We all know that Israeli society is deeply polarized, with religious fanatics combating secular extremists. We all know that Orthodox rabbis dismiss Reform and Conservative rabbis, as most Israelis reject Judaism out of disgust for this Orthodox zealotry. We all know that the openness, tolerance, pluralism, and broad religious spectrum characterizing American Judaism is sadly lacking in Israel’s narrow, intolerant, all-or-nothing Judaism. Or do we?
Unfortunately, bold Orthodox rabbis like Rabbi Benjamin Lau and moderating institutions like the Schechter Institutes of Jewish Studies in Jerusalem, along with millions of tradition-minded yet not rigorously religious Israelis, are “ruining” this perfectly good stereotype. Recently, amid yet another religious controversy, the traditionalist, Conservative-affiliated Schechter Institutes celebrated its 30th anniversary by giving the open-minded Rabbi Lau and the bridge-building soul singer Etti Ankri its Rabbi Marc and Dr. Henia Liebhaber z”l Prize for Religious Tolerance.
Rabbi Lau particularly appreciated the award because he was having a bad week. An extremely popular Orthodox rabbi (and cousin of the charedi chief rabbi of Israel, David Lau), he had tried defusing the controversy resulting from Rehovot’s ultra-Orthodox mayor cancelling a lovely bar mitzvah program for autistic children — because it would have been held in the local Conservative synagogue. The office of Israel’s popular president, Reuben Rivlin, offered to host the ceremony, with Rabbi Lau co-officiating along with the Masorti Conservative Rabbi Mikie Goldstein. Unfortunately, Rivlin’s office retreated, wanting only Rabbi Lau to officiate.
Rabbis Lau and Goldstein protested, as have many others. While confirming the dominant narrative about polarized, intolerant Israel, this controversy overlooks the widespread popular disgust expressed against this rare presidential blunder, along with everything else constructive that occurred that week. Without minimizing the need to lobby Rivlin and explain the offense he caused, without ignoring the challenge of intolerant behavior by the Rehovot mayor, let’s acknowledge Israel’s complex, multidimensional religious reality. The well-timed Liebhaber Prize should have been as widely publicized as the autism brouhaha because it more closely reflects Israeli reality.
Rabbi Lau, who heads the Israel Democracy Institute’s Human Rights and Judaism in Action Project — another powerful mainstream moderating force in Israel — recently launched Project 929, which has hundreds of thousands of Israelis, from left to right, religiously and politically, reading one daily verse from one of the Bible’s 929 chapters, building towards Israel’s 70th anniversary in 2018. “It’s sad to say, but today, our enemies around us make us one nation,” Rabbi Lau laments. “They put us together in little rooms when bombs come from Gaza.” By contrast, this project seeks “the shared language of one nation,” he said.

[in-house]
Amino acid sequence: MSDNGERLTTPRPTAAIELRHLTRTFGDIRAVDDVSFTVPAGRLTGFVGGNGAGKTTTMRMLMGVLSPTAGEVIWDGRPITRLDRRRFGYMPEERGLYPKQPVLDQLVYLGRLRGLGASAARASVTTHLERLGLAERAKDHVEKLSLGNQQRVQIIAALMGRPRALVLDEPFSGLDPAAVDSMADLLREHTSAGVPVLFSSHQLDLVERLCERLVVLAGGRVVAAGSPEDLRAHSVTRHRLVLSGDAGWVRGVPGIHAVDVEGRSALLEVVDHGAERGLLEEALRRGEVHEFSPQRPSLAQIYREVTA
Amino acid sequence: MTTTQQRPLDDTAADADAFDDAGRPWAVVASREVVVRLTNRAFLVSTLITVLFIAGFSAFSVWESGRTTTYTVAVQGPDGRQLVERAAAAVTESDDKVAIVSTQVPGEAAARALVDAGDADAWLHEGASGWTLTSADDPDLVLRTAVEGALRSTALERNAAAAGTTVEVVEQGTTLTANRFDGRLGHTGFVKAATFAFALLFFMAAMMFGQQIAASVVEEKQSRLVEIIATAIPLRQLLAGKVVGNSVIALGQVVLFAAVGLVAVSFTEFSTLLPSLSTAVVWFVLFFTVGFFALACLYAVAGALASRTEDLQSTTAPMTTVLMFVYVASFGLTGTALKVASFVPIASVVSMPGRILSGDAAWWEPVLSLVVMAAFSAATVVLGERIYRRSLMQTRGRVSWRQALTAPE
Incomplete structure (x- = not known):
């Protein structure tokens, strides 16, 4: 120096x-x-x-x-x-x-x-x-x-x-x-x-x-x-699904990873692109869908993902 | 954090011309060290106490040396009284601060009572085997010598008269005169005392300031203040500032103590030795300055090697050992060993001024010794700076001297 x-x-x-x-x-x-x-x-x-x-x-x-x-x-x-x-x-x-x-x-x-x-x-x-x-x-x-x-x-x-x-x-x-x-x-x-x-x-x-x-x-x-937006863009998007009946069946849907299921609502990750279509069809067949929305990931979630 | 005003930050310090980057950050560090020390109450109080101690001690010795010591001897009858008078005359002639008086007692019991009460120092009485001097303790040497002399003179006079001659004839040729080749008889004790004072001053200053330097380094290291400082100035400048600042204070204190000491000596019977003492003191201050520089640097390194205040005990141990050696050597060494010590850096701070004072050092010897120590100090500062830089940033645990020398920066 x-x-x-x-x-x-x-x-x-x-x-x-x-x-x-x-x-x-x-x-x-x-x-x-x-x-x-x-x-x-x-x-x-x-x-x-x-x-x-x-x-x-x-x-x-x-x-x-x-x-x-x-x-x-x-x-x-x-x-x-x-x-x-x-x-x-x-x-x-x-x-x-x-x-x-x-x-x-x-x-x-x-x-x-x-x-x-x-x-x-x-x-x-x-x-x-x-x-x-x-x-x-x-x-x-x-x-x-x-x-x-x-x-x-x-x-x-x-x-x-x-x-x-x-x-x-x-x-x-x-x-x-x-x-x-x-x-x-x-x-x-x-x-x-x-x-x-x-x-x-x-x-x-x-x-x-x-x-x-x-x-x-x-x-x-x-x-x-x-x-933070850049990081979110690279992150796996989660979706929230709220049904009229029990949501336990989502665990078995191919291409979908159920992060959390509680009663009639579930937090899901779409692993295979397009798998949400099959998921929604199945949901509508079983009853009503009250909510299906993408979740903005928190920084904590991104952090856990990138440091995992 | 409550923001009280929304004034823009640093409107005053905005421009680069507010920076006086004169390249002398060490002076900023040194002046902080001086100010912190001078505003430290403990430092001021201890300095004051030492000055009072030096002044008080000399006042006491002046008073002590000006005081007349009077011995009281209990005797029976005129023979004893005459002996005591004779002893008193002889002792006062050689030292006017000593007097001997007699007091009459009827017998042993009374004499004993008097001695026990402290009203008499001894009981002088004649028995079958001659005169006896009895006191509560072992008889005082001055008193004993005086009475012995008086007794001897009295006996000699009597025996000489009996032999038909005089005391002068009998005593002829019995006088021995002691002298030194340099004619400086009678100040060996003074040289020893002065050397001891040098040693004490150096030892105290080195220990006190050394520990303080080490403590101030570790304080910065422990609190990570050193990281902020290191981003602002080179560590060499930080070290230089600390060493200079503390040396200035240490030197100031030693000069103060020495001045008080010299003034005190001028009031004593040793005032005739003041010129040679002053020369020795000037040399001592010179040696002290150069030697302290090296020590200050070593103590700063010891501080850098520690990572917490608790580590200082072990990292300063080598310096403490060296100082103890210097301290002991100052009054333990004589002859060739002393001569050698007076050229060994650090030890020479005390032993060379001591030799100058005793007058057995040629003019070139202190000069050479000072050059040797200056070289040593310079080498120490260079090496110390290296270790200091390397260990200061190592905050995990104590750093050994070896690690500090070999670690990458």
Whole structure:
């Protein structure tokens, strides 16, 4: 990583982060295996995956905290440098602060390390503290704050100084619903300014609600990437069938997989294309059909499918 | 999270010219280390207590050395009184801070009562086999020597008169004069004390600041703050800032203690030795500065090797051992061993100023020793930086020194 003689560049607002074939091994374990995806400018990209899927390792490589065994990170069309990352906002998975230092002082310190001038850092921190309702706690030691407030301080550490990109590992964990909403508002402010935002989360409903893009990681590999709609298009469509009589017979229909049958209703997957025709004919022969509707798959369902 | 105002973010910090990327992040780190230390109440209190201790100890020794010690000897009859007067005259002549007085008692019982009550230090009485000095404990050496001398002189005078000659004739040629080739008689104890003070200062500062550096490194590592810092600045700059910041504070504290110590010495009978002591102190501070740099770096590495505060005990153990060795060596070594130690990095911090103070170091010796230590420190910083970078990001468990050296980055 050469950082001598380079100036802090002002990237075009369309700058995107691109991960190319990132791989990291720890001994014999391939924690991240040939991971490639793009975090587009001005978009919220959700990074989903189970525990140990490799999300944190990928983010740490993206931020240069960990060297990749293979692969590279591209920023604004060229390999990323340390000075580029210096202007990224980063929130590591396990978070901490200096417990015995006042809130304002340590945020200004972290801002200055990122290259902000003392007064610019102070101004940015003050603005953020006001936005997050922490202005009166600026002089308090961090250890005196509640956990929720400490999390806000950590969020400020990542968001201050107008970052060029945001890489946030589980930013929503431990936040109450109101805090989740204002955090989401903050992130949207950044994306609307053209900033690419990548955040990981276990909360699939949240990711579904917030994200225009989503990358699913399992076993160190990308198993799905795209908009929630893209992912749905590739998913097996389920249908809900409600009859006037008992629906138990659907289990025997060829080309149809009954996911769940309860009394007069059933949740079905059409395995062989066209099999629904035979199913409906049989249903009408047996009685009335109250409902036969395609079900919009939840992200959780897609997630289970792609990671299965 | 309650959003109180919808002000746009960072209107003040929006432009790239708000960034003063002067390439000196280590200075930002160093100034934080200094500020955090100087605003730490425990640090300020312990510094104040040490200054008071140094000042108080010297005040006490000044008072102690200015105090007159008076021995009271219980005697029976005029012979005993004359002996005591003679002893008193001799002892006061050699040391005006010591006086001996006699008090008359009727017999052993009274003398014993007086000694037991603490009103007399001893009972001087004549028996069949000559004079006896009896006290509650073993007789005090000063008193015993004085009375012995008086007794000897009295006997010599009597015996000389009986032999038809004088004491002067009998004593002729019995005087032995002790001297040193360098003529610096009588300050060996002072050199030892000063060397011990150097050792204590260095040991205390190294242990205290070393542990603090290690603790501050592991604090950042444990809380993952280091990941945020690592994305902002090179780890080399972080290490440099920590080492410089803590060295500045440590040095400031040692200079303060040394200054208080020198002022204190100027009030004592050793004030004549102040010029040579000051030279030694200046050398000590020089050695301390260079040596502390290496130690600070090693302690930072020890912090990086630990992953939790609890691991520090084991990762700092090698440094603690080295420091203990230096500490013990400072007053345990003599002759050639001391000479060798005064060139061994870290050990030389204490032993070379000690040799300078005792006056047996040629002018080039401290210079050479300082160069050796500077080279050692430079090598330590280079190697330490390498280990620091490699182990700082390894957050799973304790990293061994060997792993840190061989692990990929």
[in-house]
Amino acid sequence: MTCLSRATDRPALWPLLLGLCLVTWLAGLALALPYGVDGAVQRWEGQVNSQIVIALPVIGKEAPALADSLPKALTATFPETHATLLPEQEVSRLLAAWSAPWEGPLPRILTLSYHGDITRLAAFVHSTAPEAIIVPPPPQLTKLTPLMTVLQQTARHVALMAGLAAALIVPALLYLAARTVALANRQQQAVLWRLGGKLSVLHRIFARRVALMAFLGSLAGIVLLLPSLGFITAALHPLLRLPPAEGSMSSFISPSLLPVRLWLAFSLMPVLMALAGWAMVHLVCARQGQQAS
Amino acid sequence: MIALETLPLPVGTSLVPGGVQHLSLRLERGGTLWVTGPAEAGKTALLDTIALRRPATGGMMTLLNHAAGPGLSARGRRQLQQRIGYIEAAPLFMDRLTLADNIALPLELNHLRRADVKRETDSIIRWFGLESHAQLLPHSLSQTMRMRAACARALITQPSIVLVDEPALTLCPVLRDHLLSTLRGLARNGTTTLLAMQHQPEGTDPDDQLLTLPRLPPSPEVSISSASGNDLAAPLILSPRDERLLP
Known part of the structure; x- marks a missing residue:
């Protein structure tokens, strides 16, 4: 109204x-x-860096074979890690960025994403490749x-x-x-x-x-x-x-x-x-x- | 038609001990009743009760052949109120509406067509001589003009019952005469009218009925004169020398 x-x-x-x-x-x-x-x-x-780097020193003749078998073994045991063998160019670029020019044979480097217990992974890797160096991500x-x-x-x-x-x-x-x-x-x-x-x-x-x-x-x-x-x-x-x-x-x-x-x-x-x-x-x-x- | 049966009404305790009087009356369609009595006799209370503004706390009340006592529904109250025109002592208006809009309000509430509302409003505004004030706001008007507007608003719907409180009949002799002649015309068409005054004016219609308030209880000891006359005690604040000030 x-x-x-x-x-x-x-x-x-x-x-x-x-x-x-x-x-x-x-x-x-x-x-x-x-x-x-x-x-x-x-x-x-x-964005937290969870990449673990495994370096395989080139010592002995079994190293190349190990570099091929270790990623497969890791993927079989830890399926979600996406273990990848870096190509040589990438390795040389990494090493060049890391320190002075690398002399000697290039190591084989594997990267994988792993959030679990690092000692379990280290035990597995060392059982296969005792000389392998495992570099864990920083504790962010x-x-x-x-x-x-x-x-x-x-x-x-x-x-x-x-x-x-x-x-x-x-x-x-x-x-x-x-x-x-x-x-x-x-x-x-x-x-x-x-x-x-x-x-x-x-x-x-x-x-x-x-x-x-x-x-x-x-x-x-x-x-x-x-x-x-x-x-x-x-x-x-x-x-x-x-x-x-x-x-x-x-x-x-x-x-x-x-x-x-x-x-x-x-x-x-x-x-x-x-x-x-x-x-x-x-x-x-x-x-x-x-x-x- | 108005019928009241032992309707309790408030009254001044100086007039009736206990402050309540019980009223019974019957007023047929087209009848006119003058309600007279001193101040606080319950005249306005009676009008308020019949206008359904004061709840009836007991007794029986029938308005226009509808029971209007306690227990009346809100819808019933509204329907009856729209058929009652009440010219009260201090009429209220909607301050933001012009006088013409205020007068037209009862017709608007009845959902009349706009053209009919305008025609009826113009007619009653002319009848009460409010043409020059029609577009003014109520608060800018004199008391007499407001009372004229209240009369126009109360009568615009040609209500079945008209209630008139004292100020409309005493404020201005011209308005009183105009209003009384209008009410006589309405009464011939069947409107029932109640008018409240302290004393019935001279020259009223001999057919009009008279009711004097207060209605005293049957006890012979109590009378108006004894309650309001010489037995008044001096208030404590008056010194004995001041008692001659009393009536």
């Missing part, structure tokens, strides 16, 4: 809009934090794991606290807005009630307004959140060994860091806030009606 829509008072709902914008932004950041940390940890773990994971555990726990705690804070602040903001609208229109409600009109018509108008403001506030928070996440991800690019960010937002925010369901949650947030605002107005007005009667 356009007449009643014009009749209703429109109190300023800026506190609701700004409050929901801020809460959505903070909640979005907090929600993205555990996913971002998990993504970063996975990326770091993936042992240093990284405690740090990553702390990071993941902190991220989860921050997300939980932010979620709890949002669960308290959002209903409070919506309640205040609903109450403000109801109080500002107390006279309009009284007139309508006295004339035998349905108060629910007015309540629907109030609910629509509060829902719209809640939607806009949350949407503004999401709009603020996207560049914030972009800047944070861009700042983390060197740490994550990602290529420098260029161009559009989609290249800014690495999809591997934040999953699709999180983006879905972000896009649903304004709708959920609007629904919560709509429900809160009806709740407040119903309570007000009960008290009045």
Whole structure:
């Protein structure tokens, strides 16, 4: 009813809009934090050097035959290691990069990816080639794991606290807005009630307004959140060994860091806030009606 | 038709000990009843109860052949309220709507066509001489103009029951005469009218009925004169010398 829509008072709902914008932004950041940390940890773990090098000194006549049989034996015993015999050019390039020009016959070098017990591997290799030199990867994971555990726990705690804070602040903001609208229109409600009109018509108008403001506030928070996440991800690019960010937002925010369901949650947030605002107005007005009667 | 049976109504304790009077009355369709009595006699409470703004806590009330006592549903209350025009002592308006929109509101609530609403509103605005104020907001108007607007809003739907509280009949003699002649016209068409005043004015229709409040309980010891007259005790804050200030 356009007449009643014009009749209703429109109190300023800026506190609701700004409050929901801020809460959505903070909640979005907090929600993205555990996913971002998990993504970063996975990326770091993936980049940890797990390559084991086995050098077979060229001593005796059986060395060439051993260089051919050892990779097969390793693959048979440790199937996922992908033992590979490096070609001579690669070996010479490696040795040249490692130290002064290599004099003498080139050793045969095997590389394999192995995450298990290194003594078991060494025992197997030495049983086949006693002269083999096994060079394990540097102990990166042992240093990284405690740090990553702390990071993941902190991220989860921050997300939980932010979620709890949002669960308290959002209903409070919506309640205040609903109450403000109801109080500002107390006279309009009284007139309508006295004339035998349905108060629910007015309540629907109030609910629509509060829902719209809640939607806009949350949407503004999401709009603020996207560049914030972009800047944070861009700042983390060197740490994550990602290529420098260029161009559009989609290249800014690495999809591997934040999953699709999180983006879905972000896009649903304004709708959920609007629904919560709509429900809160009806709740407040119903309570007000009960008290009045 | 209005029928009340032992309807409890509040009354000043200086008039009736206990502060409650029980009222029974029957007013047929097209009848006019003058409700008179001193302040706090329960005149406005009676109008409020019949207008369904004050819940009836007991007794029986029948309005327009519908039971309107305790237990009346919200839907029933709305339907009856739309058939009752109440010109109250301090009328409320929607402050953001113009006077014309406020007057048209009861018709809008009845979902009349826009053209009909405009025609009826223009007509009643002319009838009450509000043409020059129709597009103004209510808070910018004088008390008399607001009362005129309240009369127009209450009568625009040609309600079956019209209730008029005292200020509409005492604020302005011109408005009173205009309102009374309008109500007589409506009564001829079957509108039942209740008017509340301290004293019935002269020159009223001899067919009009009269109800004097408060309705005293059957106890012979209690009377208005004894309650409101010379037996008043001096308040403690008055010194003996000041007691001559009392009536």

Accepting the Liebhaber award, Rabbi Lau explained, “Tolerance is based on the idea that you’re never alone. It’s to diminish your space to make space for someone else.” And Ankri, a popular singer who became religious in 2001, quoted the Baal Shem Tov’s teaching that “Your fellow is your mirror,” when she won the prize. “People have to accept themselves and believe that there is good from within in order to accept the other,” she said in her acceptance speech.
The Schechter Institutes have now spent three decades transcending that overused, misleading, secular-religious duality, which Rabbi Lau, Ankri, and millions of Israelis traverse and transcend daily. The institutes, through their rabbinical seminary, master’s program in Jewish studies, and, most importantly, pluralist TALI education programs for tens of thousands of Israeli schoolchildren in 260 public schools and preschools, simply teach Judaism — in all its forms and all its glory, to Israeli Jews, in all their manifestations and permutations.
Just as Rabbi Lau’s 929 initiative and all these Schechter programs break down the rigid categories and false stereotypes, so too do the daily realities of Israeli Jewish life. Ask most “secular” Israelis to go clubbing on Friday at 7 p.m. and they will explain that they never miss “Shabbat dinner” with their parents. Studies show that the overwhelming majority of “secular” Israelis attend seders on Passover, sit shiva — for the full seven days — after family deaths, and believe in God, let alone speak Hebrew fluently and observe the Jewish holidays. They have Judaism integrated into theirs lives along with Jewish values, rituals, ideas and friends.
Yes, Israel must reject the remaining burdens of the anti-Zionist, ultra-Orthodox rabbinic monopoly. Israelis must also free themselves from these false, dichotomous secular-or-religious handcuffs, while diaspora Jews — especially judgmental American Jews — must escape the equally false, reductionist stereotypes exaggerating the problems and overlooking heroes like Rabbi Lau and noble institutions like the Schechter Institutes.
Gil Troy is the author of “The Age of Clinton: America in the 1990s,” to be published in October by Thomas Dunne Books/St. Martin’s Press.